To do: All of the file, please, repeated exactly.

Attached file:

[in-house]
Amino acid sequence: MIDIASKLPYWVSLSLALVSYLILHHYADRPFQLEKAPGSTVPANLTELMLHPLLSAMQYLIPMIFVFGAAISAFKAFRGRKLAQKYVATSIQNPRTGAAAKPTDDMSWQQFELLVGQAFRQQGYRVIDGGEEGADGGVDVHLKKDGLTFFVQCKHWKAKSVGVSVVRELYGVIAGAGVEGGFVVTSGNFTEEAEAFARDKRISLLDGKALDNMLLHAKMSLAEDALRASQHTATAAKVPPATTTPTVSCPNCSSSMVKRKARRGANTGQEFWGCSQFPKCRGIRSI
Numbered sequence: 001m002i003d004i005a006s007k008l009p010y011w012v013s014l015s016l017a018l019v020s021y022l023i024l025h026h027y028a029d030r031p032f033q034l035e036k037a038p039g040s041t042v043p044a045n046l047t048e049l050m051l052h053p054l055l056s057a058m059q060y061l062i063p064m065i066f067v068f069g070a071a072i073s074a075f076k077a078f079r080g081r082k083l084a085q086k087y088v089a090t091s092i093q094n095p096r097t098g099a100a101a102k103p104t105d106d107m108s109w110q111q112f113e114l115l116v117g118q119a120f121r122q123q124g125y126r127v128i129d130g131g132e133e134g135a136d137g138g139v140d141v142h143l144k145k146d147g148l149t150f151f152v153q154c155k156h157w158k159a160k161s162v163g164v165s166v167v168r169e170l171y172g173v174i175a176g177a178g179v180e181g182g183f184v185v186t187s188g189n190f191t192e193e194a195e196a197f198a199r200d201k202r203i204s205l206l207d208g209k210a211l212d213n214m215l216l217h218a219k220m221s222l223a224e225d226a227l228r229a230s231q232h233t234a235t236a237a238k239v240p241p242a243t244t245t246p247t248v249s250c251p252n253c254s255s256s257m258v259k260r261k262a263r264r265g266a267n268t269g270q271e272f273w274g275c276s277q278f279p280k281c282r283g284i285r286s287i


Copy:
[in-house]
Amino acid sequence: MIDIASKLPYWVSLSLALVSYLILHHYADRPFQLEKAPGSTVPANLTELMLHPLLSAMQYLIPMIFVFGAAISAFKAFRGRKLAQKYVATSIQNPRTGAAAKPTDDMSWQQFELLVGQAFRQQGYRVIDGGEEGADGGVDVHLKKDGLTFFVQCKHWKAKSVGVSVVRELYGVIAGAGVEGGFVVTSGNFTEEAEAFARDKRISLLDGKALDNMLLHAKMSLAEDALRASQHTATAAKVPPATTTPTVSCPNCSSSMVKRKARRGANTGQEFWGCSQFPKCRGIRSI
Numbered sequence: 001m002i003d004i005a006s007k008l009p010y011w012v013s014l015s016l017a018l019v020s021y022l023i024l025h026h027y028a029d030r031p032f033q034l035e036k037a038p039g040s041t042v043p044a045n046l047t048e049l050m051l052h053p054l055l056s057a058m059q060y061l062i063p064m065i066f067v068f069g070a071a072i073s074a075f076k077a078f079r080g081r082k083l084a085q086k087y088v089a090t091s092i093q094n095p096r097t098g099a100a101a102k103p104t105d106d107m108s109w110q111q112f113e114l115l116v117g118q119a120f121r122q123q124g125y126r127v128i129d130g131g132e133e134g135a136d137g138g139v140d141v142h143l144k145k146d147g148l149t150f151f152v153q154c155k156h157w158k159a160k161s162v163g164v165s166v167v168r169e170l171y172g173v174i175a176g177a178g179v180e181g182g183f184v185v186t187s188g189n190f191t192e193e194a195e196a197f198a199r200d201k202r203i204s205l206l207d208g209k210a211l212d213n214m215l216l217h218a219k220m221s222l223a224e225d226a227l228r229a230s231q232h233t234a235t236a237a238k239v240p241p242a243t244t245t246p247t248v249s250c251p252n253c254s255s256s257m258v259k260r261k262a263r264r265g266a267n268t269g270q271e272f273w274g275c276s277q278f279p280k281c282r283g284i285r286s287i